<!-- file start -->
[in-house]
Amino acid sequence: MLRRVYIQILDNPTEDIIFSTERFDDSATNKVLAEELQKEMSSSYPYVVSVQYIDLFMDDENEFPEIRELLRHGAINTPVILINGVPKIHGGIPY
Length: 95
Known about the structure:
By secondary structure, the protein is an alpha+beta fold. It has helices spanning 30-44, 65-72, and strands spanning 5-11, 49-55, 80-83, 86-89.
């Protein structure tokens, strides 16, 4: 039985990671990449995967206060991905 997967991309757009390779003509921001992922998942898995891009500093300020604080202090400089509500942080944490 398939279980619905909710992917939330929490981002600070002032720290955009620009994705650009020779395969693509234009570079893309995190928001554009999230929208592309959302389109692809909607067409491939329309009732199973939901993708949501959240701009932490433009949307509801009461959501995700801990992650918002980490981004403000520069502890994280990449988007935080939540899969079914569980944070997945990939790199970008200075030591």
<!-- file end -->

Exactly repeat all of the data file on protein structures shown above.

[in-house]
Amino acid sequence: MLRRVYIQILDNPTEDIIFSTERFDDSATNKVLAEELQKEMSSSYPYVVSVQYIDLFMDDENEFPEIRELLRHGAINTPVILINGVPKIHGGIPY
Length: 95
Known about the structure:
By secondary structure, the protein is an alpha+beta fold. It has helices spanning 30-44, 65-72, and strands spanning 5-11, 49-55, 80-83, 86-89.
């Protein structure tokens, strides 16, 4: 039985990671990449995967206060991905 997967991309757009390779003509921001992922998942898995891009500093300020604080202090400089509500942080944490 398939279980619905909710992917939330929490981002600070002032720290955009620009994705650009020779395969693509234009570079893309995190928001554009999230929208592309959302389109692809909607067409491939329309009732199973939901993708949501959240701009932490433009949307509801009461959501995700801990992650918002980490981004403000520069502890994280990449988007935080939540899969079914569980944070997945990939790199970008200075030591």